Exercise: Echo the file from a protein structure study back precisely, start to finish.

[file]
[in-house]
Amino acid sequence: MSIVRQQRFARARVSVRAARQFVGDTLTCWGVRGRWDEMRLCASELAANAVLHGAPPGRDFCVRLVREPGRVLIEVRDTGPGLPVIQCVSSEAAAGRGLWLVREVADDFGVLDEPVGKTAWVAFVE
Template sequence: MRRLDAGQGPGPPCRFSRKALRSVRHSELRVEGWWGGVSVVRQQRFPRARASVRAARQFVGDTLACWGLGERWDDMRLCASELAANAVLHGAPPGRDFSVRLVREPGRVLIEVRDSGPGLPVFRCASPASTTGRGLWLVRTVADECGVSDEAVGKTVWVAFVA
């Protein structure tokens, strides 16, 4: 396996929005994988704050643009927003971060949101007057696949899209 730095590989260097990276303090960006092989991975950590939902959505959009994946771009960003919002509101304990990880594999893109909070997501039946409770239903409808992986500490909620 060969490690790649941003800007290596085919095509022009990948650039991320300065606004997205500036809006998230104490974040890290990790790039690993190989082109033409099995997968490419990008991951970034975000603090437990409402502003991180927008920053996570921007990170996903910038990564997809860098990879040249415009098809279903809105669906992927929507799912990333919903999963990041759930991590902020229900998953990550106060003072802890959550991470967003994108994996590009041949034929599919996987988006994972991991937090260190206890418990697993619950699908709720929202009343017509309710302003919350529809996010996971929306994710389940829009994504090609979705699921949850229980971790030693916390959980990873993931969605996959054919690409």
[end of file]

[in-house]
Amino acid sequence: MSIVRQQRFARARVSVRAARQFVGDTLTCWGVRGRWDEMRLCASELAANAVLHGAPPGRDFCVRLVREPGRVLIEVRDTGPGLPVIQCVSSEAAAGRGLWLVREVADDFGVLDEPVGKTAWVAFVE
Template sequence: MRRLDAGQGPGPPCRFSRKALRSVRHSELRVEGWWGGVSVVRQQRFPRARASVRAARQFVGDTLACWGLGERWDDMRLCASELAANAVLHGAPPGRDFSVRLVREPGRVLIEVRDSGPGLPVFRCASPASTTGRGLWLVRTVADECGVSDEAVGKTVWVAFVA
């Protein structure tokens, strides 16, 4: 396996929005994988704050643009927003971060949101007057696949899209 730095590989260097990276303090960006092989991975950590939902959505959009994946771009960003919002509101304990990880594999893109909070997501039946409770239903409808992986500490909620 060969490690790649941003800007290596085919095509022009990948650039991320300065606004997205500036809006998230104490974040890290990790790039690993190989082109033409099995997968490419990008991951970034975000603090437990409402502003991180927008920053996570921007990170996903910038990564997809860098990879040249415009098809279903809105669906992927929507799912990333919903999963990041759930991590902020229900998953990550106060003072802890959550991470967003994108994996590009041949034929599919996987988006994972991991937090260190206890418990697993619950699908709720929202009343017509309710302003919350529809996010996971929306994710389940829009994504090609979705699921949850229980971790030693916390959980990873993931969605996959054919690409």